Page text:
Michael Johnson
Technical Editor
September 1, 2008

Horse Sense:Located just outside the gates of Silver Dollar Raceway is a day spa. We only noticed it this year,so it must be new.Just think: If your significant other doesn't want to hang out at the track, drop her off for a day at the spa while you go enjoy some drag racing. There's also a strawberry farm across the street. You have to try their strawberry shakes. Yum!

Brian Carpenter has always had a fast car, even in his old 10.5 Outlaw GT. Whenever he's at an event, everyone knows they'll have to run their best to get past him. It has been no different in 2008. However, like every other racer at Reynolds, Brian had little opportunity to work on chassis setup or engine tuneup. Though he missed the top qualifying spot by a nose hair, he did boast the top mph with a 208-mph hit. Brian's Pro Line Racing Engines twin-turbocharged '03 Mustang ran 7.0s at Reynolds, but he encountered problems in the second round, handing the win to Tim Essick.

Reynolds, Georgia
Last time we checked, it's hard to drag race in the rain. As a matter of fact, it's impossible. Even though some racers claim their cars can hook on ice, we have yet to see a drag race held in the rain-with cars at least.

The rain was an impenetrable force at the NMRA race at Silver Dollar Raceway in Reynolds, Georgia, starting during Friday's first-round qualifying. It fell all day Saturday, which left racers and yours truly inside trying to find something to do while in the Warner Robins, Georgia, area. There isn't much unless you really like bowling, playing pool, or throwing darts. Most of the day revolved around keeping our bellies full of food.

We filled our day by eating lunch with the JPC Racing crew, then shared a beverage with the ProCharger crew, Dan Schoneck, and Pro Outlaw 10.5 racer Jerry Morgano. After that, we closed out the day at a local steakhouse with Johnny and Jean Cooper, past-feature-car owner Jerome Shumate, and future-feature-car owner Justin Lathem. You should be reading about Justin's self-built SN-95 GT soon. Oh yeah, we can't leave out Crazy Pat Stratton, who supposedly has a Mustang back home in Alabama. Maybe one day we'll get to see it in person.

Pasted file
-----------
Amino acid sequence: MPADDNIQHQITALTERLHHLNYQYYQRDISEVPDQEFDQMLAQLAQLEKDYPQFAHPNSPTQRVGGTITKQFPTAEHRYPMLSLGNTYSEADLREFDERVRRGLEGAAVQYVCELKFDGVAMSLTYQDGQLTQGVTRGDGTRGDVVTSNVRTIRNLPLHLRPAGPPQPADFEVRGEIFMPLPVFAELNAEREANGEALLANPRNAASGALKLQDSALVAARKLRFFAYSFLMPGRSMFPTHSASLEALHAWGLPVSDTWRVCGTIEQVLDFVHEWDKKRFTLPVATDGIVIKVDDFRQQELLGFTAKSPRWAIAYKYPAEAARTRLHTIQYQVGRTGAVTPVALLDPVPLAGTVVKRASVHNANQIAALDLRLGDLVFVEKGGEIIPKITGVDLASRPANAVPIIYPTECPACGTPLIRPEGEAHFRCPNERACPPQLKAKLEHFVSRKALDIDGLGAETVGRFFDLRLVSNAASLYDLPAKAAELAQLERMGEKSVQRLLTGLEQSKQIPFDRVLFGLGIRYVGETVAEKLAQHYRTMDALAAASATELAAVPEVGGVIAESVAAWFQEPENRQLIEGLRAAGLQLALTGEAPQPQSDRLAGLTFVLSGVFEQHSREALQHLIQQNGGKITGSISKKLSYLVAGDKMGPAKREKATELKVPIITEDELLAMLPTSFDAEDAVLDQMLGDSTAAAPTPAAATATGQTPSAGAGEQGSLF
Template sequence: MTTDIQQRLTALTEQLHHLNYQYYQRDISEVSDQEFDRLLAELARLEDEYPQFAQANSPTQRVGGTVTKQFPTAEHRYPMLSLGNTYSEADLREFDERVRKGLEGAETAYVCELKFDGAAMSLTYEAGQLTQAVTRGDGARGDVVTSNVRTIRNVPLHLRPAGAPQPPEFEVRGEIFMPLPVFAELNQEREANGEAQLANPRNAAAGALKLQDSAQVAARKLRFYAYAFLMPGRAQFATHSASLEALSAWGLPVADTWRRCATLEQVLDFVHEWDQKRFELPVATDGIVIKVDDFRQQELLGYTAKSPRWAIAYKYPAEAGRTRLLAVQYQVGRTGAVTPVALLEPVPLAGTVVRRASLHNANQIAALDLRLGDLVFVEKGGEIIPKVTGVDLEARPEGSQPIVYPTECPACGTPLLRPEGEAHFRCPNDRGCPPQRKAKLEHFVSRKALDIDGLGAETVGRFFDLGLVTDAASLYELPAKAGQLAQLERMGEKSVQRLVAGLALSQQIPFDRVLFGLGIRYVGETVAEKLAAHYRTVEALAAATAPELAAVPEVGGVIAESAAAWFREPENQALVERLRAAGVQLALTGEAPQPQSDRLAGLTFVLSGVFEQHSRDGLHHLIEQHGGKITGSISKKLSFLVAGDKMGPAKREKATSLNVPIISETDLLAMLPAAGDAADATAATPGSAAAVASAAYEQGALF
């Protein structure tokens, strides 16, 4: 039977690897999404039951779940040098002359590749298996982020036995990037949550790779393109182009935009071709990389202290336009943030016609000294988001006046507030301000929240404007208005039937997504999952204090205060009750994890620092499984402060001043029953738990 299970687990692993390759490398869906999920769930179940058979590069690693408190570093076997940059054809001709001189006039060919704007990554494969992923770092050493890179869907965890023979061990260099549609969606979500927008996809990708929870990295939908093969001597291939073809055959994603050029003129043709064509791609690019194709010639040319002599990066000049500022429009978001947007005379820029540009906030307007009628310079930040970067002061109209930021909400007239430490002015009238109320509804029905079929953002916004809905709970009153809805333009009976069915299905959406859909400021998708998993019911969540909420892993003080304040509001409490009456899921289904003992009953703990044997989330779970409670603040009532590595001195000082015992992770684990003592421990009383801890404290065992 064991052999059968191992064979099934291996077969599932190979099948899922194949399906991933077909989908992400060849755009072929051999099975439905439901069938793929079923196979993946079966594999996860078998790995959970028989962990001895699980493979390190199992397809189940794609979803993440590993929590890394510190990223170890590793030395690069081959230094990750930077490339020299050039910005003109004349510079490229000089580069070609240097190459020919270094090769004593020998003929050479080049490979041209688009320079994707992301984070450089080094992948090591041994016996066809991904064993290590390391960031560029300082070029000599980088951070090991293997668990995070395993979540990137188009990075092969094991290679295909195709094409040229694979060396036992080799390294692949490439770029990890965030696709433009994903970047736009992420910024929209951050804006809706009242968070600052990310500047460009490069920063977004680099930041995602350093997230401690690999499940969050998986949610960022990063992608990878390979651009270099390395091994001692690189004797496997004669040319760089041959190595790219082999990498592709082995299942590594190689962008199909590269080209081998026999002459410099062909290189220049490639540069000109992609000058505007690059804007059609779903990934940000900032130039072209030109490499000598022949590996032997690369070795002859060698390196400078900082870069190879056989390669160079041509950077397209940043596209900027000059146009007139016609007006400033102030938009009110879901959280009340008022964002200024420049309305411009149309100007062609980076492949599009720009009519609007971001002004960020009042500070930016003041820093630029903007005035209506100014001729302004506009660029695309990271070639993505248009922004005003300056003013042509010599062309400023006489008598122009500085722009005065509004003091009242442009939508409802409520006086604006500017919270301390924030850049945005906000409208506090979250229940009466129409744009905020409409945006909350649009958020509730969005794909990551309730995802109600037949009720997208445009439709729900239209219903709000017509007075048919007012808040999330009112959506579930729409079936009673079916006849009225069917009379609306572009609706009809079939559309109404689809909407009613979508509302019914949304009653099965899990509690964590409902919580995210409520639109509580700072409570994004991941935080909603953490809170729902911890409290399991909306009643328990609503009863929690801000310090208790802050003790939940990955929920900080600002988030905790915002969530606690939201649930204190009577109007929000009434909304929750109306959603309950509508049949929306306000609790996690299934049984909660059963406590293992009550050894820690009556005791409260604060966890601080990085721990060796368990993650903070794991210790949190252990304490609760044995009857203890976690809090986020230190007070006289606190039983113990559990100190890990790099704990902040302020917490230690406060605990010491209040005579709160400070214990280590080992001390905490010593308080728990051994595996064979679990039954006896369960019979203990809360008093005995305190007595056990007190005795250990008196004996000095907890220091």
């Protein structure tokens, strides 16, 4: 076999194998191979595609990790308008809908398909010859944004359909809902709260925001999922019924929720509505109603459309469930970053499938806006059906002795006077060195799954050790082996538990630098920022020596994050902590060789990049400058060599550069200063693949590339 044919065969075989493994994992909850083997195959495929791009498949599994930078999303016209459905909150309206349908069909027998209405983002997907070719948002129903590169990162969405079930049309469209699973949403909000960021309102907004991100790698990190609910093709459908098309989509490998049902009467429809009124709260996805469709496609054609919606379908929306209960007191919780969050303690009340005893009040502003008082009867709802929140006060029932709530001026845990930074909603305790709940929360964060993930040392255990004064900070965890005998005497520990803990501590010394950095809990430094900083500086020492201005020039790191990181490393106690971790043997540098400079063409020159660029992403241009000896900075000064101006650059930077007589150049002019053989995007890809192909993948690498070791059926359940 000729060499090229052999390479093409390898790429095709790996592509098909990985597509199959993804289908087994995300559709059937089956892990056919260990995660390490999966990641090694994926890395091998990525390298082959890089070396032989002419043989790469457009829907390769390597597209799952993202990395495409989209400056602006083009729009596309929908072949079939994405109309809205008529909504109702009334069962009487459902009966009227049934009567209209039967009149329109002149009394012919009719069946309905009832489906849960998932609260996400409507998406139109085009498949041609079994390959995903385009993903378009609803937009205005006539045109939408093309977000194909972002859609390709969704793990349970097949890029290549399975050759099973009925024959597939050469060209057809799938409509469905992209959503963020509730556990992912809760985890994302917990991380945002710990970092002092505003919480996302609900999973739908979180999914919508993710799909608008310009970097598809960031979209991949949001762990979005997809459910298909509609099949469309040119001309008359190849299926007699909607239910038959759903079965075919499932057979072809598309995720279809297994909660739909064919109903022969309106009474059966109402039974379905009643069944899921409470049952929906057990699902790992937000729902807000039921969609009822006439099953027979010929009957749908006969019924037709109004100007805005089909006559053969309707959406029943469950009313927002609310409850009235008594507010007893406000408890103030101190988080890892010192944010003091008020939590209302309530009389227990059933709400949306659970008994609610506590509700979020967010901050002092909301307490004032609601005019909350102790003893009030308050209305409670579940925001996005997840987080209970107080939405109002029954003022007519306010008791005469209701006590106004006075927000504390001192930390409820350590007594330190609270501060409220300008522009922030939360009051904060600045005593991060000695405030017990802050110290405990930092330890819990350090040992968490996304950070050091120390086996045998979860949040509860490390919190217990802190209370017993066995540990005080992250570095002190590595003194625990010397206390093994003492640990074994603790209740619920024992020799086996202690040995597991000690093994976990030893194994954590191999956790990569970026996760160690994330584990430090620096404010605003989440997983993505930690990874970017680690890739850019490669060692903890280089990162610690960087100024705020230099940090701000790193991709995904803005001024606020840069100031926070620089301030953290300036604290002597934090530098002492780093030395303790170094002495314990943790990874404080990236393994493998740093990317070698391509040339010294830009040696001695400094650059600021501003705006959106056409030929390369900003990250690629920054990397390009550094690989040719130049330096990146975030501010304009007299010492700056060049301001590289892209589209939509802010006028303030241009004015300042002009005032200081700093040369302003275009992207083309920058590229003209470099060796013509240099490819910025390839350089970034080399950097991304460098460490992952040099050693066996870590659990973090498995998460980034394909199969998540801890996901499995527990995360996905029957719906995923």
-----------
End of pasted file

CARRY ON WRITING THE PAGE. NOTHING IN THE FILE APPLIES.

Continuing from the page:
One thing we finally did get to see in person was racing. On Sunday, the NMRA held a round of qualifying, then blitzed through eliminations to get the event finished in one day. It was quite a feat, but they pulled it off seamlessly.

When we saw these bees strangely attracted to the roof of this early Ford Victoria in the car show, we were reminded of the part in the movie Tommy Boy where characters Tommy (the late Chris Farley) and Richard (David Spade) got out of a ticket by jumping out of the their car proclaiming, "Bees, bees, bees in the car...bees everywhere." The difference between the movie and this Victoria is that there were actual bees present.

Don "Burndown" Burton has had a myriad of crewmembers, but former Pro 5.0 standout Tom Sanders has been in his corner so far at Bradenton and Reynolds. That's a lot of nitrous knowledge on one team, and the two use it on every pass. Don's Gene Fulton Racing Engines' big-block-powered '80 Mustang didn't do well on his one qualifying pass. As a matter of fact, Don found himself at the bottom of the qualifying list, so there was only one way to go-up through eliminations. Don and Tom had the car running 7.50s in eliminations until the final round when a 7.82 wasn't enough to overcome Jarrett Halfacre's 7.47

To hear EFI Renegade racer Brian Mitchell at a race, you'd wonder how his car makes it down the track. Something's always wrong with it, whether it be a warped crank pulley or a snapped widget holder. This reverse psychology is most likely used to loosen up his EFI Renegade competition, but at this point in the game, we don't think anyone is fooled by Brian's "aw, shucks" demeanor-especially when he runs an 8.60-something right after saying the thing was going to come apart any second. With his new car, Brian doesn't have many of those arguments to fall back on anymore, but we're sure he can come up with something. After running in the 8.40s at Bradenton, he was "only" able to run 8.60s at Reynolds. Final-round competitor Bob Cook was in the 8.50s, so Brian had to push the Tree. It pushed back with a red-light start.